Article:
An exemplary fuel cell cabinet having a heat management and thermal control system will now be described with reference to FIGS. 4-10.

FIG. 4 shows a fuel cell cabinet 600 having exemplary aspects of a heat management and thermal control system. The fuel cell cabinet 600 includes four sides, a top, and a bottom. The fuel cell cabinet 600 can include one or more doors 602, 604 on a first side of the cabinet 600. The cabinet 600 can include one or more doors 616 on a second side of the cabinet 600. The fuel cell cabinet 600 also can include one or more doors on the third and/or fourth side of the cabinet 600, which are not shown in FIG. 6. The doors 602, 604 can include air inlet and door perforations 610, 612, and 614. The fuel cell cabinet 600 can include air exits 606 and 608 on one or more sides, such as the second side. The fuel cell cabinet 600 can include a top 650 and a bottom (not shown).

FIG. 5 shows an aspect of the fuel cell cabinet 600 of FIG. 4 with the doors 602, 604 in an open position. The cabinet 600 can include one or more fan and liquid-to-air heat exchanger assemblies (Fan/L-A Hex assemblies) 618, 620 (e.g., radiator fans and radiators) that cooperate with the air exhaust and door perforations 606, 608 of the doors 602, 604. The cabinet 600 also can include one or more air filters 622, 624 that cooperate with the air inlets and door perforations 610, 612 of the doors 602, 604.

FIG. 6 shows an aspect of the fuel cell cabinet 600 of FIG. 4 with the door 616 in an open position. The cabinet 600 can include a battery compartment 628 for mounting or securing backup batteries. The door 616 may include a fan system 630 including one or more fans (e.g., bay fan 1, bay fan 2, and bay fan 3) for venting or exhausting air or gases from the battery compartment 628.

As shown in FIG. 6, the cabinet 600 can include one or more fuel cells 2000 disposed and mounted in the interior of the cabinet 600. The cabinet may include a rack or shelving system for mounting or securing the fuel cells 2000 inside the cabinet 600.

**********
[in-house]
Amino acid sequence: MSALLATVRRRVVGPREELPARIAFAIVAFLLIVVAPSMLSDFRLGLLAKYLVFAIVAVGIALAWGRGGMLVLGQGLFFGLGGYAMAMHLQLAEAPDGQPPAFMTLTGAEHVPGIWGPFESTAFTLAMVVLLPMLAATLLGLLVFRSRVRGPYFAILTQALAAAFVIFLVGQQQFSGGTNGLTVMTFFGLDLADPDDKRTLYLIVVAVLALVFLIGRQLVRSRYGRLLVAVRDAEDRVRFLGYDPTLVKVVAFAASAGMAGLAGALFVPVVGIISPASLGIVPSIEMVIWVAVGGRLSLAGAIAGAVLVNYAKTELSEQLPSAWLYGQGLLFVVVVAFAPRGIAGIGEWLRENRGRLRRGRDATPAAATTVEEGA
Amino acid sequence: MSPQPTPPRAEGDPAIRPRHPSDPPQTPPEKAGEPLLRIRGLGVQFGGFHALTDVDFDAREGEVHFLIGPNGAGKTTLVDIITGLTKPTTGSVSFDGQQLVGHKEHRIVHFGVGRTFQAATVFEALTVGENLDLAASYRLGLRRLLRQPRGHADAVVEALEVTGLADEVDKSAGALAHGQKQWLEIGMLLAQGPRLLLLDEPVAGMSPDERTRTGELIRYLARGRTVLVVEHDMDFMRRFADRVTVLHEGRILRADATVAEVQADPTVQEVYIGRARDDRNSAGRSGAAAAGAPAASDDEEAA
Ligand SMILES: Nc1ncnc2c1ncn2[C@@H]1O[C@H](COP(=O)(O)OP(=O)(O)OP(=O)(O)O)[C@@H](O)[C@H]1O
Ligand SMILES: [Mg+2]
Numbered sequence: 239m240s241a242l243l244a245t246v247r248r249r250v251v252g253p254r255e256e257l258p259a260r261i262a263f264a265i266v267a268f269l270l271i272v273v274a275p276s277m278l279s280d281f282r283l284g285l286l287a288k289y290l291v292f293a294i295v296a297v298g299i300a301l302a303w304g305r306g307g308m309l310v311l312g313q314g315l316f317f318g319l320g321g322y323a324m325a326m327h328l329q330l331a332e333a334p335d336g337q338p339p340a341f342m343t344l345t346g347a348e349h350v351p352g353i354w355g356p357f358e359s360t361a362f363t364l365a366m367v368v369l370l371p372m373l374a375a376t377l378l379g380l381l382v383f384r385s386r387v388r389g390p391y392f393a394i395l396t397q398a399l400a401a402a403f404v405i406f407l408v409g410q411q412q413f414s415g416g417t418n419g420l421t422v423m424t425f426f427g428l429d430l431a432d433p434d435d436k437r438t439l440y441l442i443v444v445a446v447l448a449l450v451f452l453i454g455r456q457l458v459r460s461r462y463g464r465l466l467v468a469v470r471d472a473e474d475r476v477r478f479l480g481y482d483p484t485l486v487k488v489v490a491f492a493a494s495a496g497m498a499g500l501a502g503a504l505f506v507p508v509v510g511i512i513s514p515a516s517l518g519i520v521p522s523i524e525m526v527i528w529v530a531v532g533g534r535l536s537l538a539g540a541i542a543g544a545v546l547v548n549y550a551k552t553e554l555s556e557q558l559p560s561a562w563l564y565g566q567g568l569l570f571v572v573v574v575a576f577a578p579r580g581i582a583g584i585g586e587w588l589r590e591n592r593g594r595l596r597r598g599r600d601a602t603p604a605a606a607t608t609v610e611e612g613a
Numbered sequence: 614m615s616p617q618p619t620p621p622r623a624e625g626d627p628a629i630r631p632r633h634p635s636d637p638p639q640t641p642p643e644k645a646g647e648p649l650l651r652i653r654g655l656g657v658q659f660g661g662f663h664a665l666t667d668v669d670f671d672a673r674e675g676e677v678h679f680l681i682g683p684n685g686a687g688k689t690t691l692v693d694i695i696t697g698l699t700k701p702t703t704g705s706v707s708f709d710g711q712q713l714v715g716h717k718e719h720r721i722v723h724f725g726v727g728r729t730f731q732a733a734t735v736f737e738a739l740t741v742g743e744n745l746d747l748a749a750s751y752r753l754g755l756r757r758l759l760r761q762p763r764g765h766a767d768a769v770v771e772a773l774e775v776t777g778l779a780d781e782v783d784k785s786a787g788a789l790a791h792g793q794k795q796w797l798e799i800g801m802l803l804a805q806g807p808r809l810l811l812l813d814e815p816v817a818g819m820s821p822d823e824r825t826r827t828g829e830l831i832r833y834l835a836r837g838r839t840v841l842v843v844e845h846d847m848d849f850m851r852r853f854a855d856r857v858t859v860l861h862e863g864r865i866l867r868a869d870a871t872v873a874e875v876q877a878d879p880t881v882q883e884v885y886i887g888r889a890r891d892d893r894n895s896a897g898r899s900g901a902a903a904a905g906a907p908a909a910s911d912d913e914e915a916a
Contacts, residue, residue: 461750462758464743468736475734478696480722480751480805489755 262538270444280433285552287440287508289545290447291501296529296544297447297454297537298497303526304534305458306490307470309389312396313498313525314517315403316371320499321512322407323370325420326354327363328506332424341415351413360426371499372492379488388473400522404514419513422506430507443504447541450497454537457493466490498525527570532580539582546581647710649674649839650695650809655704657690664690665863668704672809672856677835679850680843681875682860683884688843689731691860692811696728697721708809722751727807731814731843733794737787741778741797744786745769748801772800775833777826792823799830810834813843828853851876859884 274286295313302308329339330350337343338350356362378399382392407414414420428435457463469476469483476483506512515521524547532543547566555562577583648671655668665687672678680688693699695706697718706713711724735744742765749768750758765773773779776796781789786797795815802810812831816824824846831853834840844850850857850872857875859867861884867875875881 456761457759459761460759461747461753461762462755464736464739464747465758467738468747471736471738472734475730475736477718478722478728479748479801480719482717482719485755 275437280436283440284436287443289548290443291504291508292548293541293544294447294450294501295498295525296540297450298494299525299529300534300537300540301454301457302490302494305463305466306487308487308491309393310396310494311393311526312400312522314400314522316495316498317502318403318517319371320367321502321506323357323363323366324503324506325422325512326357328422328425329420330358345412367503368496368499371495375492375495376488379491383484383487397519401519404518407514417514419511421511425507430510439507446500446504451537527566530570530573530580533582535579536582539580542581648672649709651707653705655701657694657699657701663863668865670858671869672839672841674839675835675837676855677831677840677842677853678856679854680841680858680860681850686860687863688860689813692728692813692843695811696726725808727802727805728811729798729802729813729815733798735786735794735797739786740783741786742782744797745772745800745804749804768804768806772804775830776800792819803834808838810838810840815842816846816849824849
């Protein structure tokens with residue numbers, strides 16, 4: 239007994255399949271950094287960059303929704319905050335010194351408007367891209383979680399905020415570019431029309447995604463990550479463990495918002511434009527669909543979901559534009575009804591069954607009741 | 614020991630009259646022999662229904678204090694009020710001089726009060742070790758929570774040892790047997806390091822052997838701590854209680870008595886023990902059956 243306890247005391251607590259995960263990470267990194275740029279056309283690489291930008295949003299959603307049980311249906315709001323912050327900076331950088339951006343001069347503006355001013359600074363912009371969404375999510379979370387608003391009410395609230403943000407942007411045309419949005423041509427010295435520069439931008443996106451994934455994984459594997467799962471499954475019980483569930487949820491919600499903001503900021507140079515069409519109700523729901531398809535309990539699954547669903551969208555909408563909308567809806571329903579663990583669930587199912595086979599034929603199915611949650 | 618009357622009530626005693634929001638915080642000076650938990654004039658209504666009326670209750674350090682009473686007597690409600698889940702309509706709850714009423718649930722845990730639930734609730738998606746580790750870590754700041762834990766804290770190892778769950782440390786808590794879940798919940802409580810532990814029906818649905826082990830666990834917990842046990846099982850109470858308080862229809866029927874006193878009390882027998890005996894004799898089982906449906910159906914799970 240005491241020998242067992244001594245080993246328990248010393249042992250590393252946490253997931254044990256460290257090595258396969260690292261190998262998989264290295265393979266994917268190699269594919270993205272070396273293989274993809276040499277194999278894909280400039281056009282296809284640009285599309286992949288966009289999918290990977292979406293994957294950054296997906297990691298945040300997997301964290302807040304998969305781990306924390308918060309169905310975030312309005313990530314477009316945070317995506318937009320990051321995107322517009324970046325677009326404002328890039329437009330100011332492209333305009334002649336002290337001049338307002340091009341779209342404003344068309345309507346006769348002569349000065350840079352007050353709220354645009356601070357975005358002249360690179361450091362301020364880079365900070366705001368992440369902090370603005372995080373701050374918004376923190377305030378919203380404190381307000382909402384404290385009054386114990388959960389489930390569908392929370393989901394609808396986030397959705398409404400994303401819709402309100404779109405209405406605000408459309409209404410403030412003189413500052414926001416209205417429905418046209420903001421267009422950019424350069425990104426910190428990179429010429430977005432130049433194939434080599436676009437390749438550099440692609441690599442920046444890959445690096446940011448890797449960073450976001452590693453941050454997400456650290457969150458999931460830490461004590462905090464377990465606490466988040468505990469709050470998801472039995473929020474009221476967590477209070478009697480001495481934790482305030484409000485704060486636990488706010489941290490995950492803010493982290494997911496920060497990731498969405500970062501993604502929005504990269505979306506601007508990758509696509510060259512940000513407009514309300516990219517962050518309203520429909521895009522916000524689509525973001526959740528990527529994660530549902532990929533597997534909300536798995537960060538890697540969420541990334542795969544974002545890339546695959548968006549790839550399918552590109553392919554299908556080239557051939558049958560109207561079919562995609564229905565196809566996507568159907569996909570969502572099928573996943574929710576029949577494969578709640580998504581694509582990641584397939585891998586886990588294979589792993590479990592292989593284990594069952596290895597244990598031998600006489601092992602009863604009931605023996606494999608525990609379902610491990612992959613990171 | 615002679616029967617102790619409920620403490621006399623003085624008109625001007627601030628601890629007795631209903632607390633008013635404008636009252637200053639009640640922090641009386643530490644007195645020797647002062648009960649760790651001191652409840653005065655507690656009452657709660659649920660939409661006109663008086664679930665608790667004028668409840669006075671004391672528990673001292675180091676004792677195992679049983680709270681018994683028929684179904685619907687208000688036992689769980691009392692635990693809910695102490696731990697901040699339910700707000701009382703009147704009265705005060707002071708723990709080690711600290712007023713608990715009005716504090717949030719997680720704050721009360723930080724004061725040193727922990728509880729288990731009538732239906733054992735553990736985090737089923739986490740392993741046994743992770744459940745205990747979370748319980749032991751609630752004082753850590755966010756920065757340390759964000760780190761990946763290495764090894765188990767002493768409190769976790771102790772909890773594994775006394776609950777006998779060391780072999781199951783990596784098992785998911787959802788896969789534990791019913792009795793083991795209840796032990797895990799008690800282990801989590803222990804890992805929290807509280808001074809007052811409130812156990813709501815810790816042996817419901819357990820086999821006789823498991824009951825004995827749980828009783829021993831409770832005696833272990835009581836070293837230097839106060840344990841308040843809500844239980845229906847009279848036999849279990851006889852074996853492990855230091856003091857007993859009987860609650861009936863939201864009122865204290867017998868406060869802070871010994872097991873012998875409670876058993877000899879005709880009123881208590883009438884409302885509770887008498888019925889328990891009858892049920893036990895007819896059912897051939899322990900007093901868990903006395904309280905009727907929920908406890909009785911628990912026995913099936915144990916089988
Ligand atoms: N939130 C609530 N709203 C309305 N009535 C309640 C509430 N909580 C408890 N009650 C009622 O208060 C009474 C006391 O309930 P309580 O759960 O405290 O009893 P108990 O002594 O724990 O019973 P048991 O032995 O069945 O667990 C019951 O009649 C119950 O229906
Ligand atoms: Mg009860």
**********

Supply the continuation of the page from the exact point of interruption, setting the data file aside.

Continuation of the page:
An exemplary aspect of a fuel cell 2000, which can be mounted or secured in the exemplary cabinet 600, is illustrated in FIGS. 7A and 7B. The fuel cell 2000 can include a sealed fuel cell enclosure 2002. The fuel cell 2000 can be, for example, an 8 kW fuel cell. In an aspect, two 8 kW fuel cells 2000 can be used to provide 16 kW.

As shown in FIG. 8, an aspect of the fuel cell cabinet heat management and thermal control system can include an insulation system that reduces or prevents transfer of heat into the interior of the fuel cell cabinet 600 as a result of solar loading, for example, in warm environmental conditions (e.g., high ambient temperatures). The insulation system also can reduce or prevent the transfer of heat from the interior of the fuel cell cabinet 600, for example, in cold environmental conditions (e.g., cold ambient temperatures). That is, the insulation system minimizes or prevents heat gain from solar loading and minimizes or prevents heat loss from the cabinet to the environment.

As shown in FIG. 8, an aspect of the insulation system can include insulation on one or more of the interior surfaces of the fuel cell cabinet 600. For example, insulation can be included on one or more of the sides, top, rear door, and base of the cabinet. The insulation can be an insulating panel, layer, fabric, or film, spray insulation, or other suitable material having insulating properties.